Most of the KIDSCREEN studies were conducted in Europe—which is not surprising, as the instrument was developed in Europe through the European Commission–funded KIDSCREEN project conducted in several European countries [17]. Thirteen countries were involved, and the instrument was established in each country. Subsequently, it has been translated, validated, and used successfully in countries outside Europe [38,39,40,41,42,43,44,45,46,47,48,49,50,51]. Our findings likewise indicate that the KIDSCREEN instrument is used cross-nationally, as 9 studies were conducted across several European countries, 3 studies were carried out across countries on all continents, except Antarctica, and 1 study was carried out across Spanish-speaking countries. All, except the European studies, included both developed and developing countries. This may suggest that the instrument works well across countries. Solans et al. [52] argued that the development of the KIDSCREEN instrument across several countries promotes its use and comparability in international studies and that it maintains content validity across different languages. When measuring subjective HRQoL, it is essential to comprehend the cultural context in which a child lives [5, 7], as it affects how HRQoL questions are interpreted, and how the HRQoL concept itself is understood [7]. We also found population-based KIDSCREEN studies performed outside Europe, supporting international usability of the instrument. Internationally, KIDSCREEN is currently a recommended tool for HRQoL assessment by the International Consortium for Health Outcomes Measurement [53].

Even with the increase in HRQoL research, studies of HRQoL in children have received little attention compared to adults [9]. Furthermore, a large part of the research involving children has focused on clinical groups [5, 9]. A recent review of QoL research in medicine and health sciences revealed that most studies exploring QoL involve adults with a specific disease. Few studies have focused on children and adolescents, and studies including children are mainly clinical and do not involve the general population [9]. This is worrying because knowledge about how children perceive their health and well-being can help to identify individuals at risk of poor HRQoL and further inform the development and evaluation of interventions that may enhance HRQoL for all [3, 8].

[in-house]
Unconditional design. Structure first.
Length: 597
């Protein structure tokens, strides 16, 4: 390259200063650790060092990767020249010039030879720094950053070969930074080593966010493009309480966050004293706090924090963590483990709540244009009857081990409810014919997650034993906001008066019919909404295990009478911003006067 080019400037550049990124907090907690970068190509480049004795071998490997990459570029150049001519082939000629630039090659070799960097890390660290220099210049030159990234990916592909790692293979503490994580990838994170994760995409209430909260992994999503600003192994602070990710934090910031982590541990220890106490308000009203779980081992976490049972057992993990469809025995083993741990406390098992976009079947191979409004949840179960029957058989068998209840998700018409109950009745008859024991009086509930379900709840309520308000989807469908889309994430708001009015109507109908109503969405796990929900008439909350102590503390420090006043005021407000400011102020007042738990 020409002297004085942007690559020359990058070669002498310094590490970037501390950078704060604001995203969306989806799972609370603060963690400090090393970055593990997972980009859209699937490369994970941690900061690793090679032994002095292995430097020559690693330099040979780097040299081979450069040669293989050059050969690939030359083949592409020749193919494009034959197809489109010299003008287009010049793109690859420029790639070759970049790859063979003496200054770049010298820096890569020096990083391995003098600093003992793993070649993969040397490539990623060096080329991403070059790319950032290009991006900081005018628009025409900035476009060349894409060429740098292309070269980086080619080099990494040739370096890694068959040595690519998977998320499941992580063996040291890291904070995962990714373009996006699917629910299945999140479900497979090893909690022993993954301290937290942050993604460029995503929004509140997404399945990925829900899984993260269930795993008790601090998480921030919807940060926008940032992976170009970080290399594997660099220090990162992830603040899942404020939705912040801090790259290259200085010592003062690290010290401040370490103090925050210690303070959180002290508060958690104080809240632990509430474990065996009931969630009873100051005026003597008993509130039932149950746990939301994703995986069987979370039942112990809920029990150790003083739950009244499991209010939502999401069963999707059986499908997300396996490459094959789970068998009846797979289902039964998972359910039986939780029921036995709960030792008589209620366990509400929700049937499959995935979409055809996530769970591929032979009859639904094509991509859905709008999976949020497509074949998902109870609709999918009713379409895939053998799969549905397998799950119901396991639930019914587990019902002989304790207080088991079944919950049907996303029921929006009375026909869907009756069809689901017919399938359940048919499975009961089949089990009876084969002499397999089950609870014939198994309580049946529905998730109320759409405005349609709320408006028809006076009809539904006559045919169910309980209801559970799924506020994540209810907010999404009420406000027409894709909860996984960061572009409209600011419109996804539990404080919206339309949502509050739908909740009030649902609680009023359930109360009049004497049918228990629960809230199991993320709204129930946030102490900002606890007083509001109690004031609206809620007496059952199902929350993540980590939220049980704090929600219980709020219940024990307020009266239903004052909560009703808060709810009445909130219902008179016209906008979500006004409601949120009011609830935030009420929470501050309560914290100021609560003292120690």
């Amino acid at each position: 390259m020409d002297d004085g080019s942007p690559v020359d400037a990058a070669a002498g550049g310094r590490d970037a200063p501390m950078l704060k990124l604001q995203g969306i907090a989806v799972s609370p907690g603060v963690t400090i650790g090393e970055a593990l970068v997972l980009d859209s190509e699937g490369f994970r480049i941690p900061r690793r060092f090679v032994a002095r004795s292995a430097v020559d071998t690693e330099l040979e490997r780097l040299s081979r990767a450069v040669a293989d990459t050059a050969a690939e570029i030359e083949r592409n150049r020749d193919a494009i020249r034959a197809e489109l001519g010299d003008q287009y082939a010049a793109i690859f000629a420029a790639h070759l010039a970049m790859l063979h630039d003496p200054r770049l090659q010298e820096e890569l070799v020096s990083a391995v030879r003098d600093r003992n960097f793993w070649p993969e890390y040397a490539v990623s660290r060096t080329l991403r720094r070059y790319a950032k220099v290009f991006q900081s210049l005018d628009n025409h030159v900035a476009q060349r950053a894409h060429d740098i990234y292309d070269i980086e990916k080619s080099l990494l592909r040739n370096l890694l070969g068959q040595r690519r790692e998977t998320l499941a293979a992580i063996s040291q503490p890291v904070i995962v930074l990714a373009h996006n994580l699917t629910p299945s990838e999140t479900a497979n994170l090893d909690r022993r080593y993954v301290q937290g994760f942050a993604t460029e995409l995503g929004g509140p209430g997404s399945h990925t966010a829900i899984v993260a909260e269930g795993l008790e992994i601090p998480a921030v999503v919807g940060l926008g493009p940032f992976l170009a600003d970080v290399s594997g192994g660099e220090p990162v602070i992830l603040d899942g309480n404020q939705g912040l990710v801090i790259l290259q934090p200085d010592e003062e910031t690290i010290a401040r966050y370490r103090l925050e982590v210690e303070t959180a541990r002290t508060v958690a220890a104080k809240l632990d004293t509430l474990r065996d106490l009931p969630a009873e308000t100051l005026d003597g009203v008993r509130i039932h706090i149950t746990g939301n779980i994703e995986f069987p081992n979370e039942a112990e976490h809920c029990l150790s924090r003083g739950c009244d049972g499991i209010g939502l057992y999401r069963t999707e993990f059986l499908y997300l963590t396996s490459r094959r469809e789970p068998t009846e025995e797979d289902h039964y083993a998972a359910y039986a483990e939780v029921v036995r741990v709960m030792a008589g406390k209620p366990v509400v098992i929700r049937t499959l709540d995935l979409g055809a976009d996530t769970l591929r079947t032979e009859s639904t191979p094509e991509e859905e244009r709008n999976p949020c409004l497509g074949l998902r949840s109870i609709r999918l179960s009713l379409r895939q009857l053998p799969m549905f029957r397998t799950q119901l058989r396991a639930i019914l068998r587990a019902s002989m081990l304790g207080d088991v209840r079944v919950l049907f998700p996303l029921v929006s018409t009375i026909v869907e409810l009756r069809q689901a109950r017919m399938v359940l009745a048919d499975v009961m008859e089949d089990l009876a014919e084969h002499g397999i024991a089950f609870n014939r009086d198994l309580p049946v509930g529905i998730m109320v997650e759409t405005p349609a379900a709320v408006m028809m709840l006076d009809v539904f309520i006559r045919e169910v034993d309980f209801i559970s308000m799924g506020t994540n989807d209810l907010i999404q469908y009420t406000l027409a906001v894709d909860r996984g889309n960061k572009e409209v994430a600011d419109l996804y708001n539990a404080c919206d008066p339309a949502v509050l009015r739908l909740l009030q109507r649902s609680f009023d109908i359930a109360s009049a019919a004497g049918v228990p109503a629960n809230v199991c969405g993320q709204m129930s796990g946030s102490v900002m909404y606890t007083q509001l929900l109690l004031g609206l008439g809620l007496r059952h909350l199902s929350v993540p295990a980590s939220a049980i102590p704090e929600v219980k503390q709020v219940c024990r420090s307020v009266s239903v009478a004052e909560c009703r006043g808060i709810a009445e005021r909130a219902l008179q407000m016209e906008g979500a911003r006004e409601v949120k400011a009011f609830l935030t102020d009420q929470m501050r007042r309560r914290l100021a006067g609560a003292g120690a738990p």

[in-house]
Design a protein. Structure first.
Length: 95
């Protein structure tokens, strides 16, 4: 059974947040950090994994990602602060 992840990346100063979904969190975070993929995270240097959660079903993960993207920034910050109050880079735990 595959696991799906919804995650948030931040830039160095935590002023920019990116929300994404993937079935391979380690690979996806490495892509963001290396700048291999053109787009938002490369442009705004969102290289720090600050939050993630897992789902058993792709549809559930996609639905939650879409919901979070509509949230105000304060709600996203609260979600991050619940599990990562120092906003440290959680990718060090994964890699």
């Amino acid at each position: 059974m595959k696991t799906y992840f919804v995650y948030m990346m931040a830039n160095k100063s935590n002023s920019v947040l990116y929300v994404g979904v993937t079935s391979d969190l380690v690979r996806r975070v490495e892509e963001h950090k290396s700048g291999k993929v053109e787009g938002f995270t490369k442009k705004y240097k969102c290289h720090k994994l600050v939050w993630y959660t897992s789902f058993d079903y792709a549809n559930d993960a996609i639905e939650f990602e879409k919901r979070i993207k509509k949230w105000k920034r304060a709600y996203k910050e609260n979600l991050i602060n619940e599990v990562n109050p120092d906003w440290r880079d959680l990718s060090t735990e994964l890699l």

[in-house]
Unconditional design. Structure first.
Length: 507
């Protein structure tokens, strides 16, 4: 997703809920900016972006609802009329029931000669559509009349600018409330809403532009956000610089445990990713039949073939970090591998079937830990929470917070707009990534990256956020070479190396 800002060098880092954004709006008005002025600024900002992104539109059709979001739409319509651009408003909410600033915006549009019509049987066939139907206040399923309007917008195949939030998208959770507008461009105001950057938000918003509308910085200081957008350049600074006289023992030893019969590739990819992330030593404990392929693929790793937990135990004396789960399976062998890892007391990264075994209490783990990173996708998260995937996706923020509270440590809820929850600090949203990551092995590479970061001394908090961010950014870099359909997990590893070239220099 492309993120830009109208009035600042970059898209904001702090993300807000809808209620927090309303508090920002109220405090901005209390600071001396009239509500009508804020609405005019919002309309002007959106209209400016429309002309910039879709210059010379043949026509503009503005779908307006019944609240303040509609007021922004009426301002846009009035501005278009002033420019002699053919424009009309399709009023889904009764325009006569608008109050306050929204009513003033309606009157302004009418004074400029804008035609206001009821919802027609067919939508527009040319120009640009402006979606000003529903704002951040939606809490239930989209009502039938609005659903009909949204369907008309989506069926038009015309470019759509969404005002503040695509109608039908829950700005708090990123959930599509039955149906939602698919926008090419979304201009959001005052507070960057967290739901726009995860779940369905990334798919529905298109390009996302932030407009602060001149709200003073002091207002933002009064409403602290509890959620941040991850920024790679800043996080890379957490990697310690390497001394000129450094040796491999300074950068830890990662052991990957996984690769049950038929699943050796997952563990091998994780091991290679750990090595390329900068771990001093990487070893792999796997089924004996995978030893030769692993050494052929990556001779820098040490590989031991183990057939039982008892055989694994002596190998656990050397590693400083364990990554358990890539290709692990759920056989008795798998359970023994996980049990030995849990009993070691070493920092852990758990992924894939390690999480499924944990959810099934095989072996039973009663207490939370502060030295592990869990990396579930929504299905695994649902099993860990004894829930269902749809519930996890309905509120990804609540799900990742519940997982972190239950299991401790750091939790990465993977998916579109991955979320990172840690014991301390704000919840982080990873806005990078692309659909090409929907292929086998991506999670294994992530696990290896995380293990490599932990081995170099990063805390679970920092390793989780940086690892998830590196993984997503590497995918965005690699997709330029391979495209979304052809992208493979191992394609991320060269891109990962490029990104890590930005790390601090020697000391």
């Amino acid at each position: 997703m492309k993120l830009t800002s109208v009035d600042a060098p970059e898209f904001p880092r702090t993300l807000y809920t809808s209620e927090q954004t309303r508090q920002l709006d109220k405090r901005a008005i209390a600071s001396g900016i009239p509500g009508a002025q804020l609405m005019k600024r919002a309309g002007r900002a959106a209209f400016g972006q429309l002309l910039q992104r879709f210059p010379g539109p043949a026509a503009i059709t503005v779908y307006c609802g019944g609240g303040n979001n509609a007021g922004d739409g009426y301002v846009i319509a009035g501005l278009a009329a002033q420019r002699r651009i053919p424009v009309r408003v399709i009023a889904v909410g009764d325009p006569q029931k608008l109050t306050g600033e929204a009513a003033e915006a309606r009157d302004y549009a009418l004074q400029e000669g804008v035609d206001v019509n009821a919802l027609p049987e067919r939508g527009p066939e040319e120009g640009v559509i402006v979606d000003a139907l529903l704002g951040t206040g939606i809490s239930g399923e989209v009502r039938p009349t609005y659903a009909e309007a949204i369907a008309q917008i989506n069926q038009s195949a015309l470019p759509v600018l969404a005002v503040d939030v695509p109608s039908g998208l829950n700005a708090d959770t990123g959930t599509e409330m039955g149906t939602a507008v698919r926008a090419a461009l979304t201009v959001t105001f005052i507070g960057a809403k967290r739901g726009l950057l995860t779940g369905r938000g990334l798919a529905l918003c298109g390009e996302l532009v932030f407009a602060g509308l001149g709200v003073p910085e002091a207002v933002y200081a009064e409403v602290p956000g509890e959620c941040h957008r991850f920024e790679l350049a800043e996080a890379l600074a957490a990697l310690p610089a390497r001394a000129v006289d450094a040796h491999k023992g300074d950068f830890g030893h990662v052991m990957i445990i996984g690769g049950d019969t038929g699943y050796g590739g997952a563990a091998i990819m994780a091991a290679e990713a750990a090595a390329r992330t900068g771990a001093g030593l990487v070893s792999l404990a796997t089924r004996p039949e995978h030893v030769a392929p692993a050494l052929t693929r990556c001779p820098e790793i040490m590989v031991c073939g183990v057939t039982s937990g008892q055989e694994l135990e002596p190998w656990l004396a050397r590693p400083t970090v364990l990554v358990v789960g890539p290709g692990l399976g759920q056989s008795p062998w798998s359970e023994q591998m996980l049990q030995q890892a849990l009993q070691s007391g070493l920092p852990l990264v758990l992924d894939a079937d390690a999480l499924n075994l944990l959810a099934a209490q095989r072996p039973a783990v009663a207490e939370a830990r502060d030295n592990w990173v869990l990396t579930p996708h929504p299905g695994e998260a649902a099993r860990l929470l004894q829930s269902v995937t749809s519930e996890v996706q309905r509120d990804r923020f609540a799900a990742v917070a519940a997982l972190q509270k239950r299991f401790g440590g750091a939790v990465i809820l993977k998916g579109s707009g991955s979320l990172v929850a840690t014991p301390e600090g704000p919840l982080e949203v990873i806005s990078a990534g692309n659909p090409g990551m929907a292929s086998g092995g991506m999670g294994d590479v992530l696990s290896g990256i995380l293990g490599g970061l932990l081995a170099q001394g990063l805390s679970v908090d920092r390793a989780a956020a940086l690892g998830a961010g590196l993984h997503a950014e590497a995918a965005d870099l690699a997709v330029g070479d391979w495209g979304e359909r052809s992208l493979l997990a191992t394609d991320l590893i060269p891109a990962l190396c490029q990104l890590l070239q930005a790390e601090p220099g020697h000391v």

The research designs of the selected reports in this study included descriptive, longitudinal, experimental, and case–control designs. Our review shows that KIDSCREEN is increasingly being used as an outcome in population-based studies, often assessed in relation to certain topics or conditions, or as an intervention outcome.

Of the included reports, 9.5% were RCTs, of which 70.8% used KIDSCREEN as a main outcome. Interestingly, 42% of the included RCTs were conducted in 2020 or 2021, which indicates an increase in experimental population-based KIDSCREEN studies. This demonstrates an increased interest in how children and adolescents’ lives are affected by interventions in relation to HRQoL. Further intervention studies are of great importance to the public health field. To measure change in HRQoL over time, additional studies with a longitudinal design are needed [7]. Longitudinal data allow the monitoring of child health development throughout childhood and adolescence to measure changes that occur during development [5] and monitor the effects of interventions [7]. Monitoring HRQoL in children over time complies with the United Nations Sustainable Development Goal 3 of ensuring the well-being of all children [8]. The main increase in KIDSCREEN studies is observed with cross-sectional studies, while a slight increase is seen in longitudinal studies. Despite this increase in longitudinal studies, a further increase in studies investigating the development of HRQoL in children and adolescents across time and with respect to societal changes, adolescent maturation, and life events is needed [5].

Another important finding in our review was that most studies used the self-report version of the KIDSCREEN instrument. This is significant, as self-reporting is the recommended guideline for HRQoL measurement [7, 17]. There is evidence that children can adequately self-report on their health from the age of 8 [54]. A greater number of self-reports may therefore be expected in the age range included in our review. Proxy reporting, however, may be necessary when the child is too young or ill or does not have the necessary language skills, cognitive abilities, or attention span to finish the questionnaire [7]. Only 18 reports in our review provided data on information given by proxy respondents as a supplement to self-reported HRQoL. Of the 20 studies involving the 6–7 age range, only 40% included proxy assessments. Thus, the studies solely relying on subjective data in this age group may have their results questioned, as the self-report versions of the KIDSCREEN instruments are validated from the age of 8 [17]. Children and parents both provide unique information. While children report the here-and-now situation, parents may also consider the future of their child, along with their own well-being influencing the report [7]. Inclusion of both proxy and self-reporting can give a broader picture of children and adolescents’ HRQoL [7]. In the 8–18 age range, as few as 3% of the studies were proxy reported. This aligns with current recommendations of primarily assessing HRQoL subjectively.